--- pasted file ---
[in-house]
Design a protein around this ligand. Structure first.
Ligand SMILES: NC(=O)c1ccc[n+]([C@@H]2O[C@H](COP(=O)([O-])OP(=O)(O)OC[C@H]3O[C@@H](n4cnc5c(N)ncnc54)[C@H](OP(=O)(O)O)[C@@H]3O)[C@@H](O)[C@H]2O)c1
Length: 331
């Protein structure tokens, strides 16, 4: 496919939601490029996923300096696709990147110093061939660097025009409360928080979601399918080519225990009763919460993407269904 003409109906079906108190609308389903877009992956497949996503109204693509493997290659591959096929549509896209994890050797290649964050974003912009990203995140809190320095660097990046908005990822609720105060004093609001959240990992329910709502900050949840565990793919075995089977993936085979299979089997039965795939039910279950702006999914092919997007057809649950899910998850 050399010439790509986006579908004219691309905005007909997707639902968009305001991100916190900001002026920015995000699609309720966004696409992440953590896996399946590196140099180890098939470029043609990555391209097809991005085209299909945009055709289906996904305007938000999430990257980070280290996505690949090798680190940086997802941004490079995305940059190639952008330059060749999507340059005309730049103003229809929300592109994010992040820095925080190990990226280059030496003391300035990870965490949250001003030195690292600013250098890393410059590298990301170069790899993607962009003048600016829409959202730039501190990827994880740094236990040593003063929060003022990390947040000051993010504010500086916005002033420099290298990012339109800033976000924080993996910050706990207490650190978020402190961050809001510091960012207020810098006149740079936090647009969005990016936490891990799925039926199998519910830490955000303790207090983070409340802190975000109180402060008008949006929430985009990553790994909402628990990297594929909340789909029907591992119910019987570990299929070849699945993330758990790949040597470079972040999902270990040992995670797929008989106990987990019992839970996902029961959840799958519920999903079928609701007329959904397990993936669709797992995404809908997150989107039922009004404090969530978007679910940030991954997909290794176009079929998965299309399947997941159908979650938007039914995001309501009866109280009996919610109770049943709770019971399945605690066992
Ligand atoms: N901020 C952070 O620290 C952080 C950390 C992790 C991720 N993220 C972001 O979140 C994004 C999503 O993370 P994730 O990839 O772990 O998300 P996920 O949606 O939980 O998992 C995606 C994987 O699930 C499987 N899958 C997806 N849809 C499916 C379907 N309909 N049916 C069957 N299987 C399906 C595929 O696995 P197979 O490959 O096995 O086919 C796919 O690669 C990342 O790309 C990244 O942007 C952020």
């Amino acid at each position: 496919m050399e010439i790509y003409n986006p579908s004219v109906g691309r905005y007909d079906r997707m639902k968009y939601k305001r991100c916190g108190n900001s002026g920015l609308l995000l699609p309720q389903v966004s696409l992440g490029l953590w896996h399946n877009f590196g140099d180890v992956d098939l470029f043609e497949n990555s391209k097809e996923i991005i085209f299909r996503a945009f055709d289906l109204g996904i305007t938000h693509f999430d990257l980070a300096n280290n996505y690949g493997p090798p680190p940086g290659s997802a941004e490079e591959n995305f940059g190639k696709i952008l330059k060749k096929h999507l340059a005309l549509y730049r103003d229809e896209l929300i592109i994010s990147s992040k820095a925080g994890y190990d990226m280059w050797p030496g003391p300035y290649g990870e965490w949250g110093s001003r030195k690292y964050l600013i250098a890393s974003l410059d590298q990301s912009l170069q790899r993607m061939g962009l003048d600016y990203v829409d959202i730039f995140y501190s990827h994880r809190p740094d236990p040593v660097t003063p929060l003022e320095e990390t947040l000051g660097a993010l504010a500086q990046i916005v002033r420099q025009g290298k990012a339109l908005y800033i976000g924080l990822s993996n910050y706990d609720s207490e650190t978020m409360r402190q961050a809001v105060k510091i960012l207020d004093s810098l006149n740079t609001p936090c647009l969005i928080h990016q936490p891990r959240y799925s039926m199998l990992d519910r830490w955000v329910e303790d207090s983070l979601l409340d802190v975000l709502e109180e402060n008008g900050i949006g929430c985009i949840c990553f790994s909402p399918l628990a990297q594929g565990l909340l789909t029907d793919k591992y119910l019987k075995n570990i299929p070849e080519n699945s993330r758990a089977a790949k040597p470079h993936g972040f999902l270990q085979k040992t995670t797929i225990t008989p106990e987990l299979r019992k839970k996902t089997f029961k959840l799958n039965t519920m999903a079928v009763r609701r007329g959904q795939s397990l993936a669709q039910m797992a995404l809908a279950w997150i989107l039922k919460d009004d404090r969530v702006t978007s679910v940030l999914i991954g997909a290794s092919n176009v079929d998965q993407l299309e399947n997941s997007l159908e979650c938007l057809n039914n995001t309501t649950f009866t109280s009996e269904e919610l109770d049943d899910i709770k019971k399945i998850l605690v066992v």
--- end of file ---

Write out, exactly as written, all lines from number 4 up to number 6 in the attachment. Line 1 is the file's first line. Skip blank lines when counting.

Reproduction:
Length: 331
């Protein structure tokens, strides 16, 4: 496919939601490029996923300096696709990147110093061939660097025009409360928080979601399918080519225990009763919460993407269904 003409109906079906108190609308389903877009992956497949996503109204693509493997290659591959096929549509896209994890050797290649964050974003912009990203995140809190320095660097990046908005990822609720105060004093609001959240990992329910709502900050949840565990793919075995089977993936085979299979089997039965795939039910279950702006999914092919997007057809649950899910998850 050399010439790509986006579908004219691309905005007909997707639902968009305001991100916190900001002026920015995000699609309720966004696409992440953590896996399946590196140099180890098939470029043609990555391209097809991005085209299909945009055709289906996904305007938000999430990257980070280290996505690949090798680190940086997802941004490079995305940059190639952008330059060749999507340059005309730049103003229809929300592109994010992040820095925080190990990226280059030496003391300035990870965490949250001003030195690292600013250098890393410059590298990301170069790899993607962009003048600016829409959202730039501190990827994880740094236990040593003063929060003022990390947040000051993010504010500086916005002033420099290298990012339109800033976000924080993996910050706990207490650190978020402190961050809001510091960012207020810098006149740079936090647009969005990016936490891990799925039926199998519910830490955000303790207090983070409340802190975000109180402060008008949006929430985009990553790994909402628990990297594929909340789909029907591992119910019987570990299929070849699945993330758990790949040597470079972040999902270990040992995670797929008989106990987990019992839970996902029961959840799958519920999903079928609701007329959904397990993936669709797992995404809908997150989107039922009004404090969530978007679910940030991954997909290794176009079929998965299309399947997941159908979650938007039914995001309501009866109280009996919610109770049943709770019971399945605690066992
Ligand atoms: N901020 C952070 O620290 C952080 C950390 C992790 C991720 N993220 C972001 O979140 C994004 C999503 O993370 P994730 O990839 O772990 O998300 P996920 O949606 O939980 O998992 C995606 C994987 O699930 C499987 N899958 C997806 N849809 C499916 C379907 N309909 N049916 C069957 N299987 C399906 C595929 O696995 P197979 O490959 O096995 O086919 C796919 O690669 C990342 O790309 C990244 O942007 C952020």